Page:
In the ten-day Vipassana retreat, Goenka Ji tells us a story about Kisa Gotami. Kisa Gotami was the wife of a wealthy man of Savatthi. Her story is one of the more famous ones in Buddhism. After losing her only child, Kisa Gotami became desperate and asked if anyone could help her. Her sorrow was so great that many thought she had lost her mind. An older man told her to see the Buddha. The Buddha told her that he could bring the child back to life if she could find white mustard seeds from a family where no one had died. She desperately went from house to house, but to her disappointment, she could not find a home that had not suffered the death of a family member. Finally, the realization struck her that there is no house free from mortality. She returned to the Buddha, who comforted her and preached to her the truth. She was awakened and entered the first stage of enlightenment. Eventually, she became an Arahat.
I had heard this story on previous retreats, but this time it struck a chord with me. What made me emotional was how painful it must have been for Kisa Gotami to realize that her son has died and there is nothing she can do about it. The gut-wrenching realization is almost like a physical ache in your heart.
When things do not go our way, and we want it to happen badly – it is painful to face reality and move on. In the human predicament, situations come and go, what is common is our desire/aversion towards specific outcomes and the joy/pain when that happens. When we recognize that the pain or pleasure is common across everybody – that is a sign of genuine compassion.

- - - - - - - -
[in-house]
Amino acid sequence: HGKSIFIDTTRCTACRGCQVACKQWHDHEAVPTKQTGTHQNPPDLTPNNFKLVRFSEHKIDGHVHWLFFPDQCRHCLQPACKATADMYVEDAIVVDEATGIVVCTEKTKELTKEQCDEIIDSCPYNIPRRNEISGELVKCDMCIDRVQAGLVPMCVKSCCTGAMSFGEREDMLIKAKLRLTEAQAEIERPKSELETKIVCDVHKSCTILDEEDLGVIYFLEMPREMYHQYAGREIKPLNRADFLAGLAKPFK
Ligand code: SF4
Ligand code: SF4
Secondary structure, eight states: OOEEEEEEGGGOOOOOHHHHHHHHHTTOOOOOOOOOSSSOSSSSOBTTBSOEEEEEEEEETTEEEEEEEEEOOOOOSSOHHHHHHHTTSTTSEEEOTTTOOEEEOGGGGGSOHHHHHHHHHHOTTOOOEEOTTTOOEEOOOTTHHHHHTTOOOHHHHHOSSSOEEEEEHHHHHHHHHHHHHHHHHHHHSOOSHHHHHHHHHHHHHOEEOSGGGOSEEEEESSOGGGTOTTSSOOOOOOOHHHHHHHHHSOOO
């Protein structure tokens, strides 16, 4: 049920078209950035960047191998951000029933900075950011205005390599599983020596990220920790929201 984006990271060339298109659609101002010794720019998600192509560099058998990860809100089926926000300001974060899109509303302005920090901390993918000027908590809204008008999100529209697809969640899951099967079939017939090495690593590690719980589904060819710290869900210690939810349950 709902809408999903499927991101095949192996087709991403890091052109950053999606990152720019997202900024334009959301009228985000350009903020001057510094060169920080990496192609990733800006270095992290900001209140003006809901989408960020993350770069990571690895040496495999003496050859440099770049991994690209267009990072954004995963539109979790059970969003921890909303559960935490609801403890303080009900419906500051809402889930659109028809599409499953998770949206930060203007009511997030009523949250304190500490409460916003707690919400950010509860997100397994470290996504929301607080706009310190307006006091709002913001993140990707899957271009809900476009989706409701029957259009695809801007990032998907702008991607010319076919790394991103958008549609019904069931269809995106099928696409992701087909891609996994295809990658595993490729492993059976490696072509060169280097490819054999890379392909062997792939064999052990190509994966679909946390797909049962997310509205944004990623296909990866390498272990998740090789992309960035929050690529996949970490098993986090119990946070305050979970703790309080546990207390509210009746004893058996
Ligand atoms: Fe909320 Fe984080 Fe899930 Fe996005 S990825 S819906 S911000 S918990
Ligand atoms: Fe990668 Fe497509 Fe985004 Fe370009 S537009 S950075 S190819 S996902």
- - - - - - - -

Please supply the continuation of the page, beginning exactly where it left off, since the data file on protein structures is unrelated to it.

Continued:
In the story of Kisa Gotami – yes, it is excruciating to have your only son die – there is no denying that. It is even more painful to accept that and move on. You had so many dreams, future built on your son and when he died all that comes crashing – the reality as you imagined it is not going to happen and that is devastating to the human mind. For her to realize that her son has died and she cannot do anything about it – is what I connected with.
Everybody on the planet goes through these life situations. When we see a fellow human being overcome her challenges and face reality – there is a shared understanding of what it takes to accept it. And if we connect at that level, then we are connecting with the human predicament and the ability to transcend it – which is genuine compassion. As long as we identify with the human form, we will have to overcome such situations, and in some ways, that is what we need. Imagine reading a novel where everything goes well, and nothing happens – who would read such a book. The very reason things do not work forever in our lives because it is our destiny to transcend them.
Imagine if we truly understood what connected us as humans – will we still fight over our skin colour or what part of the land we were born? Can you feel the shared connection?